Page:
BOSTON (CBS) – Jodie Haimila has been battling multiple sclerosis since she was 16. She tells the I-Team when she was in high school she couldn’t even brush her own teeth. Over the last few years she was getting some relief from the relapsing disease with a drug called Lemtrada.
Jodie says, “I was good for about a year and a half and then all of a sudden it started up again.” Jodie says she began relapsing since the drugs don’t cure MS, they only lessen the frequency of what doctors call flare ups of the illness.
The married mom says her new flare ups are painful and make it hard for her to walk. Jodie describes it this way, “I get this thing called the MS hug. It feels like someone is putting a rope around your torso and tightening it, and it hurts.”
In 2015 and 2016 Jodie had the recommended two rounds of Lemtrada. She says the infusions helped until recently when she began having symptoms, Jodie says her doctor wanted her to have another round of three treatments but she was told by her insurance that she had a co-payment of $5,044.19 to receive the drug and thousands more to have it infused at the hospital.
That was money her family did not have. Jodie says she called the drug company for help but was told she didn’t qualify for their program. Jodie says, “they told me because I’m on Medicare I’m not eligible for assistance.”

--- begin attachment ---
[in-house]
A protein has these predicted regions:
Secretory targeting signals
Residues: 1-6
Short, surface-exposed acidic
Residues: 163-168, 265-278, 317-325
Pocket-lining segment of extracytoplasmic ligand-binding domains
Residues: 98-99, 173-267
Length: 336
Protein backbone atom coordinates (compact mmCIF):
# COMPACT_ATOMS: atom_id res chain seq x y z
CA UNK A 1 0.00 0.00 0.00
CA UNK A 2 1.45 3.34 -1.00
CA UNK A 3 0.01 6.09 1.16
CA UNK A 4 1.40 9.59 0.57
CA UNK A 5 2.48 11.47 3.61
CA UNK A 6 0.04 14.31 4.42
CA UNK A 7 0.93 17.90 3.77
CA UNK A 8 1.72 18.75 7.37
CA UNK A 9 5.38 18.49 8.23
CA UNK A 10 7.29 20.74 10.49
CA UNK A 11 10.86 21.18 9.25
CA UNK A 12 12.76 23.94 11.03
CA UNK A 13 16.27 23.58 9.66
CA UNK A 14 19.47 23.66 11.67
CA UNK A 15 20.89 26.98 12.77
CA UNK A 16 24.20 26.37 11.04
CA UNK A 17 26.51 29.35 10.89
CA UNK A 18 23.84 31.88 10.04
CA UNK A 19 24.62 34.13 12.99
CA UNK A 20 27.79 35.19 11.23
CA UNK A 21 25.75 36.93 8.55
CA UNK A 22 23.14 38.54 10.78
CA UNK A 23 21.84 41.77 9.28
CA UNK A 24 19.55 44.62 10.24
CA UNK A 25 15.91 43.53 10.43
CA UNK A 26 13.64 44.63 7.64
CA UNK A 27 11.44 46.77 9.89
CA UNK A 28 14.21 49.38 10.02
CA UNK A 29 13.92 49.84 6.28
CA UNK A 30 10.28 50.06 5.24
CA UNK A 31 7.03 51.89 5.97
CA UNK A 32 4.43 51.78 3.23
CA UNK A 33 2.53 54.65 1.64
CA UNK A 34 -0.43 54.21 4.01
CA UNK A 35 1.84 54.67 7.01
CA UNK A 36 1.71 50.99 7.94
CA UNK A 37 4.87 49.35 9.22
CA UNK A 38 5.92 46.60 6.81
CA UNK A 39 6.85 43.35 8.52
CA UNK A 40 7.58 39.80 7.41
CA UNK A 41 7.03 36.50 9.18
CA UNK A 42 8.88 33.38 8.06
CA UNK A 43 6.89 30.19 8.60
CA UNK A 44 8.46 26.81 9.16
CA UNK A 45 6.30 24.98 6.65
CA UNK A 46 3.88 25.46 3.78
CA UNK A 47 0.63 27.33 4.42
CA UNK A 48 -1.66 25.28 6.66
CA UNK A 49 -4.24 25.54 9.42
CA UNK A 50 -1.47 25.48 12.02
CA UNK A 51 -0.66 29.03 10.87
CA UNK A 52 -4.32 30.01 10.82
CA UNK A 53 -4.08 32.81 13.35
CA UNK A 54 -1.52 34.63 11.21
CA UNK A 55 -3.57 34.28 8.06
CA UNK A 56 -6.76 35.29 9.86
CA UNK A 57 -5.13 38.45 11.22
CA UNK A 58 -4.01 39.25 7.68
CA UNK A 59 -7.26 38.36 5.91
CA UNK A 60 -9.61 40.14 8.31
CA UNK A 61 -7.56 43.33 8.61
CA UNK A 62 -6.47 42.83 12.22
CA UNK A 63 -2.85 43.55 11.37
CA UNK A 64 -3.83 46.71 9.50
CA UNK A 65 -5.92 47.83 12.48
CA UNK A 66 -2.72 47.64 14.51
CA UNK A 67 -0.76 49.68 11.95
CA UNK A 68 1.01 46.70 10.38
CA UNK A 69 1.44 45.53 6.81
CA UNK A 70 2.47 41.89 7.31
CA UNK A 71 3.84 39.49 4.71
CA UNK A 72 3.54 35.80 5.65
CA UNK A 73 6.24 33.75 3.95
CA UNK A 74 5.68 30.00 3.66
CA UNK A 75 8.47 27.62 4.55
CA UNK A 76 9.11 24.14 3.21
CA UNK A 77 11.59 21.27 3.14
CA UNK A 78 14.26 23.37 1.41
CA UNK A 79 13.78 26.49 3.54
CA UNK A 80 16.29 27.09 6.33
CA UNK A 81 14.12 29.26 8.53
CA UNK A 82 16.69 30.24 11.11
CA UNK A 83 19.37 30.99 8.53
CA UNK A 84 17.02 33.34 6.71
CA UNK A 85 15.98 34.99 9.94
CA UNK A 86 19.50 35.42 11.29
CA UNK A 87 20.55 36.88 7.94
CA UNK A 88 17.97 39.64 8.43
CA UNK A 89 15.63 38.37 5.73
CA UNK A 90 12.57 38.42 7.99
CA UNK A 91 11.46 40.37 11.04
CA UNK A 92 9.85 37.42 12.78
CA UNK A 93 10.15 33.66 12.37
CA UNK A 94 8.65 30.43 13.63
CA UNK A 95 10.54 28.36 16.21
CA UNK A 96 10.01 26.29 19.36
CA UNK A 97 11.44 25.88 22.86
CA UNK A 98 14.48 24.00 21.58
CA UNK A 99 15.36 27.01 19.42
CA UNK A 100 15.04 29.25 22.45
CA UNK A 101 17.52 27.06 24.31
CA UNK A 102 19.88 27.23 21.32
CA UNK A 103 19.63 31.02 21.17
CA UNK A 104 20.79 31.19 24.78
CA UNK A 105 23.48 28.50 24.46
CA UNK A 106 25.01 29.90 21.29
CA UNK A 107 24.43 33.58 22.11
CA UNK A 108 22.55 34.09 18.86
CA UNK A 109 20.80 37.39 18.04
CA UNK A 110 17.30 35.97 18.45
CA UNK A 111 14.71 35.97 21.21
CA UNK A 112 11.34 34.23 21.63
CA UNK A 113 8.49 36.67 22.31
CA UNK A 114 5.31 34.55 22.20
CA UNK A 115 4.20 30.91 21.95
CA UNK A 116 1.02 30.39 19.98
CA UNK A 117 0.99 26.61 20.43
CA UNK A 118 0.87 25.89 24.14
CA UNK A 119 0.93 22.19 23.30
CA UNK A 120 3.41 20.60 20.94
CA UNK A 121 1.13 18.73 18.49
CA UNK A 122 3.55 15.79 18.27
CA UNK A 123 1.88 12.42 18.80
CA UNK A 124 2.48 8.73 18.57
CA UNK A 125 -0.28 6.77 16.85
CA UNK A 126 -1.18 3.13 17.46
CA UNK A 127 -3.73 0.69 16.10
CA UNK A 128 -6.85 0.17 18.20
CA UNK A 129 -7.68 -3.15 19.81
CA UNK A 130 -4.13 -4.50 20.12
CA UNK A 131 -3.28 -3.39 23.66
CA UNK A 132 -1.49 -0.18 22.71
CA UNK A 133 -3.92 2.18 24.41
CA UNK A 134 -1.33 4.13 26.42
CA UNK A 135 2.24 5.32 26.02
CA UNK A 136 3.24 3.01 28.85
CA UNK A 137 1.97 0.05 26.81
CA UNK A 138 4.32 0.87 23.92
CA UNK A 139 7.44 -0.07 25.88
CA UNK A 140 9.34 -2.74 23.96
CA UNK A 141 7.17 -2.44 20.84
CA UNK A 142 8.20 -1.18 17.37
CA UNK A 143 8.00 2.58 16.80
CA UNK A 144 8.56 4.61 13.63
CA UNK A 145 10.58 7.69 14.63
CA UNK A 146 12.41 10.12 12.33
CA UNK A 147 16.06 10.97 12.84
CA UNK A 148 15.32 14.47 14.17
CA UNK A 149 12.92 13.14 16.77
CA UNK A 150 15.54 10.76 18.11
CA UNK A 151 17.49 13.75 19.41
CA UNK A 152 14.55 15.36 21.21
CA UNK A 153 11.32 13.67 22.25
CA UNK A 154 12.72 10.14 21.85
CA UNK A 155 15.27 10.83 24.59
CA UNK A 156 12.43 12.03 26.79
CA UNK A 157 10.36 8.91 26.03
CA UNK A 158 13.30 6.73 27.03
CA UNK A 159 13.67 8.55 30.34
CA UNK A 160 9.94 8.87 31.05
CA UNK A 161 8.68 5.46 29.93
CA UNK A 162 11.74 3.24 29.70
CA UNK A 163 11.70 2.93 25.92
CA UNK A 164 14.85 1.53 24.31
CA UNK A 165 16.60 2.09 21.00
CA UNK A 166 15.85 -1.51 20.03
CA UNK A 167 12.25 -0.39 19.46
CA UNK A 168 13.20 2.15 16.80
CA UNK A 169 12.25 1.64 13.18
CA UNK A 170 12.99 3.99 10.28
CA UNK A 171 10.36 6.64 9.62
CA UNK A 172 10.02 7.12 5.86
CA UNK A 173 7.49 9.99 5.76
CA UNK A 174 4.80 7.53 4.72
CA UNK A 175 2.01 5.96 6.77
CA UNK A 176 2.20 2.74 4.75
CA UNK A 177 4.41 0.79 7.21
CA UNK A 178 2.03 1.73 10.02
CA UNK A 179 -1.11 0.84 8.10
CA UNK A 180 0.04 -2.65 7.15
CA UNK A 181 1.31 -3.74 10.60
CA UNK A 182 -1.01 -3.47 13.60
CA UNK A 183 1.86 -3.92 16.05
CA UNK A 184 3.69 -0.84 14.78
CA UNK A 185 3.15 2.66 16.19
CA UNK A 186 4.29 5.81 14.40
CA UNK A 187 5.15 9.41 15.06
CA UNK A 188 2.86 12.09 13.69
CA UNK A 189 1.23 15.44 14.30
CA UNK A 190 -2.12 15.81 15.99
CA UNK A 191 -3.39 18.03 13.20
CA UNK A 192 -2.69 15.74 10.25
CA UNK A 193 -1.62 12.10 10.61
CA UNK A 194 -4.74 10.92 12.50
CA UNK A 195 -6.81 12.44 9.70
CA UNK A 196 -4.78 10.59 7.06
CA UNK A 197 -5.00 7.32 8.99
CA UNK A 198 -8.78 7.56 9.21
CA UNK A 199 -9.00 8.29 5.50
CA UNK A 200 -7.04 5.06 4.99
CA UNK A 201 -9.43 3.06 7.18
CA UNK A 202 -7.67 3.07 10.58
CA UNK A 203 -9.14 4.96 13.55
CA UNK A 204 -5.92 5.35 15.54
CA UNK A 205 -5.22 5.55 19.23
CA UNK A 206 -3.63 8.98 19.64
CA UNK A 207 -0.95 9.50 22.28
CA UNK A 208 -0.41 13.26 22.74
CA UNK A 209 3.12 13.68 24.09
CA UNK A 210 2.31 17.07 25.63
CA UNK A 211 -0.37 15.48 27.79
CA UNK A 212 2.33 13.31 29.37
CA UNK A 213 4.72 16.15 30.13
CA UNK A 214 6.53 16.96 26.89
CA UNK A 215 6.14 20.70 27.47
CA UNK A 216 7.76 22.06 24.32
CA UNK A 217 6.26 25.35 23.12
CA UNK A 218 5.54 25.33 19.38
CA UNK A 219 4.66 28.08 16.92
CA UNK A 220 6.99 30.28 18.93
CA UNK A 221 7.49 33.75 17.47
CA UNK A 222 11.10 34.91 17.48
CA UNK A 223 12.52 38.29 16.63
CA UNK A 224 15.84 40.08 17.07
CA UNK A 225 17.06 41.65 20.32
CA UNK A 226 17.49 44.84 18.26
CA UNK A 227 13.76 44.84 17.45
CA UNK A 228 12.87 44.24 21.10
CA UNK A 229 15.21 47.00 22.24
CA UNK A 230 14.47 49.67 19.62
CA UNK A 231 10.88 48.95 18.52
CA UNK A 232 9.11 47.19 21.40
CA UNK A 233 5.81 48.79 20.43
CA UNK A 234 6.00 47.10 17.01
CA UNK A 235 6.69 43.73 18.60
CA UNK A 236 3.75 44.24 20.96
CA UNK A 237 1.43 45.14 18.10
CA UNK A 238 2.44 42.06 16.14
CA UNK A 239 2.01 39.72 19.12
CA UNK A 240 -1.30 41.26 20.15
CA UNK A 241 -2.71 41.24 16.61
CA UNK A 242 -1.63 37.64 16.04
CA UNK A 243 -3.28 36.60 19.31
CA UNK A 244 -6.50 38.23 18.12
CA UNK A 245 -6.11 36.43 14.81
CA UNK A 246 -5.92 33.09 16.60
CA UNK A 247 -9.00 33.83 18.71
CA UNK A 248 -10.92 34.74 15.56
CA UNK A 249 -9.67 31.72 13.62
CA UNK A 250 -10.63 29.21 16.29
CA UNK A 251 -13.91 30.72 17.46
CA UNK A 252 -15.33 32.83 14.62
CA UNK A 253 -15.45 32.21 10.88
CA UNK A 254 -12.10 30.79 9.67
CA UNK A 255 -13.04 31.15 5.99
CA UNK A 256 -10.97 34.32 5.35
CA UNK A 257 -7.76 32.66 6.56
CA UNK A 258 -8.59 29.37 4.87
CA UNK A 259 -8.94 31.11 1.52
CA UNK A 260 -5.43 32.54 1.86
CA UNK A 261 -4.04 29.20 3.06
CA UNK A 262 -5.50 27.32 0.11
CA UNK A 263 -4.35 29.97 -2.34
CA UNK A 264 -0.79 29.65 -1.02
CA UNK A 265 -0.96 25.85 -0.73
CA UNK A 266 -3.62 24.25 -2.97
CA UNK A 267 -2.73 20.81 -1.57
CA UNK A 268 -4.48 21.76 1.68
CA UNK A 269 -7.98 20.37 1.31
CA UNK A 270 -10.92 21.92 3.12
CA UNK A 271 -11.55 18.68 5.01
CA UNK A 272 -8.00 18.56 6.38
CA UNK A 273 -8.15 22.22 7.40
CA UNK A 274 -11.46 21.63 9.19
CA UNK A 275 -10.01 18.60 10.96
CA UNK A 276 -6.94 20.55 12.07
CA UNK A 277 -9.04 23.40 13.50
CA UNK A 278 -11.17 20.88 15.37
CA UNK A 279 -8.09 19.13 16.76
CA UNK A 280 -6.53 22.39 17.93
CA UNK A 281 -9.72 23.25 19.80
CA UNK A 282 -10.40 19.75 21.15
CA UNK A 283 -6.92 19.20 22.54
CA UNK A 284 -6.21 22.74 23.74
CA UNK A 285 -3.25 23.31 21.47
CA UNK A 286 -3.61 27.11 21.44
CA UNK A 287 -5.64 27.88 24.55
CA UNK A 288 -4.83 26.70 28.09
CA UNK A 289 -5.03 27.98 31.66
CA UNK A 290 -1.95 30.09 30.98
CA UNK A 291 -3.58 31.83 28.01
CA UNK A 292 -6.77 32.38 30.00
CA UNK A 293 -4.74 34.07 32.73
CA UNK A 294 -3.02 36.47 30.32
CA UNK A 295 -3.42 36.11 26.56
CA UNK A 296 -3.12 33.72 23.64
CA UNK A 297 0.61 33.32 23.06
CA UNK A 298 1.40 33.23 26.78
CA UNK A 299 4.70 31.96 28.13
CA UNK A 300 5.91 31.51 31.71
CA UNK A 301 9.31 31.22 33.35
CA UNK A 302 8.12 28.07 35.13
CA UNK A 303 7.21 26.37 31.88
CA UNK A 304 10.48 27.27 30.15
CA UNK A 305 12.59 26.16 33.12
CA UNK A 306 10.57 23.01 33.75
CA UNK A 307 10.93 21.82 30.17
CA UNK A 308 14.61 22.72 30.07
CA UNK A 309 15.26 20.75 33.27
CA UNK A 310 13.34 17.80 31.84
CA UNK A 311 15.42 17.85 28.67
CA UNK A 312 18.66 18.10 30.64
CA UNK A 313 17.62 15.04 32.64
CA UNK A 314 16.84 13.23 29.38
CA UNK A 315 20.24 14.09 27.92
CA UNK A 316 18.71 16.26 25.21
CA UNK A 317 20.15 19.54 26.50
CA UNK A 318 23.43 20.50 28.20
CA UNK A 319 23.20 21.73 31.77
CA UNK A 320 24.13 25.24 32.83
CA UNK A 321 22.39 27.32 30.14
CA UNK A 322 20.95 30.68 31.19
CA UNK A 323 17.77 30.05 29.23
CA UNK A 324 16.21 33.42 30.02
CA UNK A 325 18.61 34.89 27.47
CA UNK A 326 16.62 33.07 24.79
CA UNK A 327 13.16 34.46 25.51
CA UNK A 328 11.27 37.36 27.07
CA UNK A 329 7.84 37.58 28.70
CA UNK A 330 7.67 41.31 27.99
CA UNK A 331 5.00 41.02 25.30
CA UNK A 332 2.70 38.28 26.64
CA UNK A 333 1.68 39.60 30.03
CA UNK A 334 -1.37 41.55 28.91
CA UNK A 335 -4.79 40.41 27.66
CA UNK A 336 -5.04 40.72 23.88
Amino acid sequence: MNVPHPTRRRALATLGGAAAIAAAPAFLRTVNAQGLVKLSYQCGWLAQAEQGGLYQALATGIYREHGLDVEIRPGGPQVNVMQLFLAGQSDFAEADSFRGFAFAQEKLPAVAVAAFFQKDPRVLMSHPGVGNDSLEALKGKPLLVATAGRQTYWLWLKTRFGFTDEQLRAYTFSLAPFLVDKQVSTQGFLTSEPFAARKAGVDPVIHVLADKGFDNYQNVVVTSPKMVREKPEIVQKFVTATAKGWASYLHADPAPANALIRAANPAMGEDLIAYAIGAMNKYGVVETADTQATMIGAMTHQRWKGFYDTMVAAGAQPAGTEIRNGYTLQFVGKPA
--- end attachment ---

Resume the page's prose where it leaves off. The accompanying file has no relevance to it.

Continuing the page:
Desperate to get the drug, Jodie reached out to the I-Team, telling WBZ without the treatment she would continue to go downhill.
So the I-Team contacted Genzyme the Cambridge manufacture of Lemtrada and explained Jodie’s situation. We were told she did in fact qualify for their patient assistance program. A representative of the company called Jodie telling her, “you get the drug for free and we’ll pay to have it infused because I don’t have any insurance to pay for that.”
Grateful, Jodie says she was surprised and relieved to know she would not have to pay anything out of pocket for the medication.
Jodie has already begun her treatments and is doing well. Most drug manufacturers do have patient assistance programs to help pay for these expensive treatments-but, you have to be persistent to get them.